Water Quality

An international review of stormwater regulation and practices, especially for low-exposure, landscape irrigation schemes in urban environments, was undertaken with a view to identifying what could be used in Alberta, Canada. A general lack of clear guidance and regulation to manage stormwater quality and potential public health risks was identified, which could be hindering the uptake of stormwater schemes generally.
This study sought to assess the relationship between regulatory and educational approaches to nutrient management and homeowner behaviors, perceptions, and knowledge of best management practices (BMPs). Fertilizers, and pesticides applied in excess by homeowners and landscapers can impair stormwater ponds and cause nuisance algae blooms, eutrophication and fish kills. They can also affect water quality in downstream creeks, and bays.
Elsevier, Social Science and Medicine, Volume 119, October 01, 2014
Globally, an estimated 748million people remain without access to improved sources of drinking water and close to 1 billion people practice open defecation (WHO/UNICEF, 2014). The lack of access to safe water and adequate sanitation presents significant health and development challenges to individuals and communities, especially in low and middle income countries. Recent research indicates that aside from financial challenges, the lack of social capital is a barrier to collective action for community based water and sanitation initiatives (Levison etal., 2011; Bisung and Elliott, 2014).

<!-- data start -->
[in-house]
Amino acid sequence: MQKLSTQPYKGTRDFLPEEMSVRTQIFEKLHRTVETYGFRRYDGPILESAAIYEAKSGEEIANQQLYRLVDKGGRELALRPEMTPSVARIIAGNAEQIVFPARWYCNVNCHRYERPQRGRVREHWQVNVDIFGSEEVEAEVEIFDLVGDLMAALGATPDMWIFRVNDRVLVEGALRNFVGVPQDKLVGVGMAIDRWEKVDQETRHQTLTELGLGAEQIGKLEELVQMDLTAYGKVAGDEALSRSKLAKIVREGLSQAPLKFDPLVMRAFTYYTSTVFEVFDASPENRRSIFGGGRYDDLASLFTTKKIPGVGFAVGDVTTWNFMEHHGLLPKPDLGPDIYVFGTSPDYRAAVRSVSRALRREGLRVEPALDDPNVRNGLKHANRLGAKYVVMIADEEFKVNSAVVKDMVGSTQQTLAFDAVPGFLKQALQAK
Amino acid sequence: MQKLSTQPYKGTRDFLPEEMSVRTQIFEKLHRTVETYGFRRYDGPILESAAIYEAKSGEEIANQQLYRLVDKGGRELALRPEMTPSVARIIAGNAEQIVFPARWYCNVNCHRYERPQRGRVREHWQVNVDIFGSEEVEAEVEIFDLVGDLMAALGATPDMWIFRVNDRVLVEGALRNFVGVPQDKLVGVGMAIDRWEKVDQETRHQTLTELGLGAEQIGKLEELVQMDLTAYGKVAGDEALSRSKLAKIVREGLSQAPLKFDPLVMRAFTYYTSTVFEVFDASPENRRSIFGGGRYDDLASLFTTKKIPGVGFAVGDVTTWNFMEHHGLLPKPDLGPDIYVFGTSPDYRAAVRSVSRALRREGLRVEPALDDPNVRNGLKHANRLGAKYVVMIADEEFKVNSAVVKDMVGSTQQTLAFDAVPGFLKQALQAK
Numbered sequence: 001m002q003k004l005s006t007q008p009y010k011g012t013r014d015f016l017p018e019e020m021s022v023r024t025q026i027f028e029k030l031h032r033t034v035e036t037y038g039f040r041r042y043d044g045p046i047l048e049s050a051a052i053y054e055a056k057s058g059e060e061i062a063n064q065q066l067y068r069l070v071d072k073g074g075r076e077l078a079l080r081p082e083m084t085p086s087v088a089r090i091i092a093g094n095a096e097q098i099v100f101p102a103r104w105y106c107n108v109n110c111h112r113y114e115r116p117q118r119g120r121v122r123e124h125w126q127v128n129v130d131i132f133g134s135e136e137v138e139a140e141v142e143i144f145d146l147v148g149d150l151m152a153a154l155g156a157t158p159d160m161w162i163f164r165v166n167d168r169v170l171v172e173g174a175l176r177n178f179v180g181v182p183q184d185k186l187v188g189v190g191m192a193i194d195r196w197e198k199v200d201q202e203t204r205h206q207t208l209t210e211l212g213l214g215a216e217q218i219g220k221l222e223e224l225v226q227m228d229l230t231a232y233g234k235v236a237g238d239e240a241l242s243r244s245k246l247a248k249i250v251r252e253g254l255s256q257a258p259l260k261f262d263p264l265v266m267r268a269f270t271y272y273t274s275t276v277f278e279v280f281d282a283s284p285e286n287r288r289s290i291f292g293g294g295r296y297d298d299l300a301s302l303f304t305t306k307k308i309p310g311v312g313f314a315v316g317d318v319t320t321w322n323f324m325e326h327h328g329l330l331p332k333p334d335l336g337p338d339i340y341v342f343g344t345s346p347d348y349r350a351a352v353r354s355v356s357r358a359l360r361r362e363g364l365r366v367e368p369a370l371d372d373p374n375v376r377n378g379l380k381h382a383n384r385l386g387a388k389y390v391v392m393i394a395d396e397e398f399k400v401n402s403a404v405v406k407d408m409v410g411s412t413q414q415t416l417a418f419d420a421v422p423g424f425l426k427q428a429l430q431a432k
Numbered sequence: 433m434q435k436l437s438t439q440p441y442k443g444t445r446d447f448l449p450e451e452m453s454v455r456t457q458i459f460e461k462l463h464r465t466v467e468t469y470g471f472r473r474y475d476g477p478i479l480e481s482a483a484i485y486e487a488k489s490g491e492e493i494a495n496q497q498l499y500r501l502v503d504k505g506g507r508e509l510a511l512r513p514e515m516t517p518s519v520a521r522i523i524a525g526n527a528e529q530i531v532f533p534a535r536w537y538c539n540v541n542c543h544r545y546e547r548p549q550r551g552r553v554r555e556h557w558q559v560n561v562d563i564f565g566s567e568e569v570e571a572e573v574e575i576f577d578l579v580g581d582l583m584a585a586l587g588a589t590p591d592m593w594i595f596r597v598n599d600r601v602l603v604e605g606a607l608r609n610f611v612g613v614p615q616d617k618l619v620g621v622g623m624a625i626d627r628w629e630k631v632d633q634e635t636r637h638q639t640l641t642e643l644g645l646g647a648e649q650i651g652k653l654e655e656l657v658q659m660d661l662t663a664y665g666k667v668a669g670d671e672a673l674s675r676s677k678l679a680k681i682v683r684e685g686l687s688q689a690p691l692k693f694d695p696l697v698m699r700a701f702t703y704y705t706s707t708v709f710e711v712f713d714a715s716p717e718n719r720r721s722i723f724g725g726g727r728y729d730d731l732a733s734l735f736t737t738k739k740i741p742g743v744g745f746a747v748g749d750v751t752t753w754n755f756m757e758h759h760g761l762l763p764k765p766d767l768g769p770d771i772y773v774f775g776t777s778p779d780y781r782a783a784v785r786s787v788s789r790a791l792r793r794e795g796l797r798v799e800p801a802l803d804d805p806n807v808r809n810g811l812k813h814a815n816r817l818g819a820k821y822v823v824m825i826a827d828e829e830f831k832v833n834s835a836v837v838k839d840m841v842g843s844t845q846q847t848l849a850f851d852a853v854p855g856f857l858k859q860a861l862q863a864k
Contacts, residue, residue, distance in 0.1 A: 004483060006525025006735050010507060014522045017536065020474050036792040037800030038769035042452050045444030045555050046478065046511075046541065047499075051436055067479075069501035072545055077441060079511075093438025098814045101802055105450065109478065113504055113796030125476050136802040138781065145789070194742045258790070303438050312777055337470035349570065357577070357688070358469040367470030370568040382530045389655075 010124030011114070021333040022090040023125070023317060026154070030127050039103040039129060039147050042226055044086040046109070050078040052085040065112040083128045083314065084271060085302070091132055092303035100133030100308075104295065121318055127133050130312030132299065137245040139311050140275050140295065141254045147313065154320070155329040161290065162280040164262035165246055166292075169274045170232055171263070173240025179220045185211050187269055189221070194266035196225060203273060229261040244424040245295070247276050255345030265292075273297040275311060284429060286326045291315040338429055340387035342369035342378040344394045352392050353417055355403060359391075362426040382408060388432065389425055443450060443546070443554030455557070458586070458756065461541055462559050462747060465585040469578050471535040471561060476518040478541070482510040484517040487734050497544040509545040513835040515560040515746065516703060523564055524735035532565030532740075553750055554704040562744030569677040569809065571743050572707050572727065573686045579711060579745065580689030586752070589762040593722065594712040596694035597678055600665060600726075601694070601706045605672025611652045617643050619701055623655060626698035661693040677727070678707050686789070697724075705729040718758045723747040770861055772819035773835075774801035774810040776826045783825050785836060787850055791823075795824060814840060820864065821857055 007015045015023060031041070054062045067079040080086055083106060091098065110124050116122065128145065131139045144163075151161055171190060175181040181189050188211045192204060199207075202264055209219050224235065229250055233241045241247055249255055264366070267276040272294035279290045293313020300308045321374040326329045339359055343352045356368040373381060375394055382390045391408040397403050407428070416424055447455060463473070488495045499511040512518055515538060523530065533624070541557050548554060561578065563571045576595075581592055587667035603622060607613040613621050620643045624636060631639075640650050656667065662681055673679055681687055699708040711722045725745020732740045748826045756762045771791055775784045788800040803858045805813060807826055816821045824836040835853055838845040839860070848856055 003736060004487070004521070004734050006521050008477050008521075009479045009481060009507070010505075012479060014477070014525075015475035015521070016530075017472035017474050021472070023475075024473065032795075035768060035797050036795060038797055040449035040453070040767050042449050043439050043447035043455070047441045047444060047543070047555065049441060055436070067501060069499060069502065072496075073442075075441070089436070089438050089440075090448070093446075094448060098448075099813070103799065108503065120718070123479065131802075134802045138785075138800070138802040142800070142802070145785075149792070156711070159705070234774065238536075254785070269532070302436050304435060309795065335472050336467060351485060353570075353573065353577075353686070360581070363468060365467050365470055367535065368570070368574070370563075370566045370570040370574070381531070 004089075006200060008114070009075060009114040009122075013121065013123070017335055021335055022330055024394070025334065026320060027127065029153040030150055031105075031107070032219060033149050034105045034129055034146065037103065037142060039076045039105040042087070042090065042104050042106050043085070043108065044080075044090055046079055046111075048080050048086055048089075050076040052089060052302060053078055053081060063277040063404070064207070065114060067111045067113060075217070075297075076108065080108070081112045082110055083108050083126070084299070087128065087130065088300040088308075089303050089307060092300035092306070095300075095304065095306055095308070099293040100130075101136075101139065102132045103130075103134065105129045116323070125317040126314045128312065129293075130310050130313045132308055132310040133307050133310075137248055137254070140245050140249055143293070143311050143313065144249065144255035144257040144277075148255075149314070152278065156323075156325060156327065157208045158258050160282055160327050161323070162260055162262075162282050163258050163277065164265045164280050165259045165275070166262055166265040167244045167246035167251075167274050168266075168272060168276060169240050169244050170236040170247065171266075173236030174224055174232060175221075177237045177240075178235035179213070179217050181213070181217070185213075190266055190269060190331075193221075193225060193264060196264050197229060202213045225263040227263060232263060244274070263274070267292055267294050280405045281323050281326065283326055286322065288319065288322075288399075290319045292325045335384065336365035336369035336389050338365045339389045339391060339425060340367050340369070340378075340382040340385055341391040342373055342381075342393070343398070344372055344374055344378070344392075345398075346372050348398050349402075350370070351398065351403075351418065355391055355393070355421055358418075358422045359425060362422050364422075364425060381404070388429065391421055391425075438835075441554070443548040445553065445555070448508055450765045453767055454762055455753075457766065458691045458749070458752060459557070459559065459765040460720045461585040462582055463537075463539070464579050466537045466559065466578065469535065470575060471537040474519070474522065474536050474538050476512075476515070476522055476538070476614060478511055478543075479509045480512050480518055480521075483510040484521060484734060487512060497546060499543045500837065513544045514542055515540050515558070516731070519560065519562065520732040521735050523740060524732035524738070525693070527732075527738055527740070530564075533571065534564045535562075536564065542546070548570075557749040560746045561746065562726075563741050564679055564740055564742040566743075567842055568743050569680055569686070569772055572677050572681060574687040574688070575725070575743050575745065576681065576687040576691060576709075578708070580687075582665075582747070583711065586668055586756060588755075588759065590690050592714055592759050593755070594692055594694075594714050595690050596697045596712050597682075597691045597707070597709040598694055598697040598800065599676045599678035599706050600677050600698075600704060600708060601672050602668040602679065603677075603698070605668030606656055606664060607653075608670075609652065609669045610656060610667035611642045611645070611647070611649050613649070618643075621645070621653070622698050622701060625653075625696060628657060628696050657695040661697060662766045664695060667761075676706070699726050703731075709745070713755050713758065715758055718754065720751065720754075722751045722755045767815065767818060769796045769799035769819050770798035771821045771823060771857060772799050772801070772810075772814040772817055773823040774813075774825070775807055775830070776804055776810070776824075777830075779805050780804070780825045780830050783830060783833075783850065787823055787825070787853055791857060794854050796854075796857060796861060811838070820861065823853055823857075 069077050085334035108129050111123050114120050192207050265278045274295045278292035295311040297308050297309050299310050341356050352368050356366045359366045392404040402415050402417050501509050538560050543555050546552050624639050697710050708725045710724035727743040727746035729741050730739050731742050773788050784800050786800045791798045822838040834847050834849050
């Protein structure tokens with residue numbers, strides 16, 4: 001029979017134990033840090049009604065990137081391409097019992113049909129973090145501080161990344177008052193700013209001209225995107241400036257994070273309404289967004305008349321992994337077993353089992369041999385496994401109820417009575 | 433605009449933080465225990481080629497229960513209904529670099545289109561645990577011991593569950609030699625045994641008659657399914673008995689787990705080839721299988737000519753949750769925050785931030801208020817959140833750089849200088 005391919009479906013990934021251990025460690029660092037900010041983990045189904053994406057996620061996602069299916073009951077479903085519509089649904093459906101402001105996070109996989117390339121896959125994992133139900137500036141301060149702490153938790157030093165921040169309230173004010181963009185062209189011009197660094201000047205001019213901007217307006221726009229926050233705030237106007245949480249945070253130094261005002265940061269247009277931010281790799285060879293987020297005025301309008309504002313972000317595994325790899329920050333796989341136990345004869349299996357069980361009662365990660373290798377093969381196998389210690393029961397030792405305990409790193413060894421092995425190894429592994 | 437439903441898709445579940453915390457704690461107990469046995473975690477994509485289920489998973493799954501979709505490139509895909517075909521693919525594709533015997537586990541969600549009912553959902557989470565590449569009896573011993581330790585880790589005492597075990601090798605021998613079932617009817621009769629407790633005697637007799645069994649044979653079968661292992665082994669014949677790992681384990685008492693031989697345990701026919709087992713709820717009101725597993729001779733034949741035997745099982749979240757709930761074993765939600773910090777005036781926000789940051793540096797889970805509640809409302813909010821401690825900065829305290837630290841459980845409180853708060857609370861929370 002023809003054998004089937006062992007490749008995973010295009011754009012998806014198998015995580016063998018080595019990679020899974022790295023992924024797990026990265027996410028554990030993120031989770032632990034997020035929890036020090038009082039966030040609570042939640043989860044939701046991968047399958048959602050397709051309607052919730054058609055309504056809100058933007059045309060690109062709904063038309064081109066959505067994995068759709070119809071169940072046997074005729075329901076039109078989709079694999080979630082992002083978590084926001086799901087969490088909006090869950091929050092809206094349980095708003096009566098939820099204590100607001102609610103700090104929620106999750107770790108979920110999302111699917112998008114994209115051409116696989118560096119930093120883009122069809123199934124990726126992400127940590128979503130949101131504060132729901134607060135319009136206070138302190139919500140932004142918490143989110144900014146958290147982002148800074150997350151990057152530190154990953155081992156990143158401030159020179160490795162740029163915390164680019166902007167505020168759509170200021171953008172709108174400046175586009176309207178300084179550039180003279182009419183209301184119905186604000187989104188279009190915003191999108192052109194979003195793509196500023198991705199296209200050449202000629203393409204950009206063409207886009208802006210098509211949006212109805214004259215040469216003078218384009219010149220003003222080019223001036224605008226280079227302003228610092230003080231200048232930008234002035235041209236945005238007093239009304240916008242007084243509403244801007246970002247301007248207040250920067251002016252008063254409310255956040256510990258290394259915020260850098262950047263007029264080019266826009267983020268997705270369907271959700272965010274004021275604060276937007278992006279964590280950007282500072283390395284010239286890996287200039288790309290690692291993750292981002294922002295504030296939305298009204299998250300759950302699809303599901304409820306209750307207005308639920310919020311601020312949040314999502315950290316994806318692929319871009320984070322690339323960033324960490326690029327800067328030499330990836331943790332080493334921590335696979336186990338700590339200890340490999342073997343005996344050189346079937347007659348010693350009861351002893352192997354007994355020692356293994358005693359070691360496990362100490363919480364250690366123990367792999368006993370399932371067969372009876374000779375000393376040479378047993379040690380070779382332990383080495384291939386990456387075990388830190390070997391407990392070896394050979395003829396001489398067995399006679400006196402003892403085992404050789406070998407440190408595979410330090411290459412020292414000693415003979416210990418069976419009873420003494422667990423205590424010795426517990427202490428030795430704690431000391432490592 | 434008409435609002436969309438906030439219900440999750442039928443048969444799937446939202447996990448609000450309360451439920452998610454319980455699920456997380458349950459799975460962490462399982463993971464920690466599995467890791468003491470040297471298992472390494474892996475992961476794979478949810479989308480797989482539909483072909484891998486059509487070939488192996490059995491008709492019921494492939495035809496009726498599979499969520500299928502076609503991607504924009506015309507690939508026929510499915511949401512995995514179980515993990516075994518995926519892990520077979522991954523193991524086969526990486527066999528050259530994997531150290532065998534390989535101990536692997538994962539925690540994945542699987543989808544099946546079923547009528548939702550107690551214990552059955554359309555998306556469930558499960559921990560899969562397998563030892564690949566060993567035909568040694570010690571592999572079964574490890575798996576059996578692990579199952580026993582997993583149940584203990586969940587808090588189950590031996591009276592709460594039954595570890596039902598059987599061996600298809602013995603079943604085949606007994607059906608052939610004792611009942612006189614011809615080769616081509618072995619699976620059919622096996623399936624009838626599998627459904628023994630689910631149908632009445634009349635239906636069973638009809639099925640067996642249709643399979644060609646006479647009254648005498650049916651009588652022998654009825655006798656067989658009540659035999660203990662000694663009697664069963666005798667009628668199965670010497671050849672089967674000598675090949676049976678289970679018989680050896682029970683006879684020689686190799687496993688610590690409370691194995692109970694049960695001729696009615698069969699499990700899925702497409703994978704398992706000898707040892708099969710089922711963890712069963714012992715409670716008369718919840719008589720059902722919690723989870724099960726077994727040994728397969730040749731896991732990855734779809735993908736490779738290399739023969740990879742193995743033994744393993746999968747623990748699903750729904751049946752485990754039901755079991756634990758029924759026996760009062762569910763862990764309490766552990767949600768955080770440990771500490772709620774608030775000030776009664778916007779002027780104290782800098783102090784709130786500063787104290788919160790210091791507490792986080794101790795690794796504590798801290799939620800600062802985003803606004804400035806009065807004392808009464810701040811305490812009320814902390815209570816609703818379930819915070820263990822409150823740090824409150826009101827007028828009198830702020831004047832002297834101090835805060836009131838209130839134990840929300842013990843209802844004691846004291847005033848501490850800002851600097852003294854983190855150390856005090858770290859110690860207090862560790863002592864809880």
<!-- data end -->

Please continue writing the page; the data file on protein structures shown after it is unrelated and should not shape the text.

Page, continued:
Background: A third of the 2·5 billion people worldwide without access to improved sanitation live in India, as do two-thirds of the 1·1 billion practising open defecation and a quarter of the 1·5 million who die annually from diarrhoeal diseases. We aimed to assess the eff ectiveness of a rural sanitation intervention, within the context of the Government of India's Total Sanitation Campaign, to prevent diarrhoea, soil-transmitted helminth infection, and child malnutrition.
Western diets are characterised by a high intake of meat, dairy products and eggs, causing an intake of saturated fat and red meat in quantities that exceed dietary recommendations. The associated livestock production requires large areas of land and lead to high nitrogen and greenhouse gas emission levels. Although several studies have examined the potential impact of dietary changes on greenhouse gas emissions and land use, those on health, the agricultural system and other environmental aspects (such as nitrogen emissions) have only been studied to a limited extent.
Building toilets and getting people to use them is critical for public health. We deployed a political ecology approach specifically to identify the multi-scalar political, economic, and environmental factors influencing toilet adoption in rural India. The research used ethnographic and technical methods in rural villages of West Bengal and Himachal Pradesh over the period September 2012 to May 2013.

Pages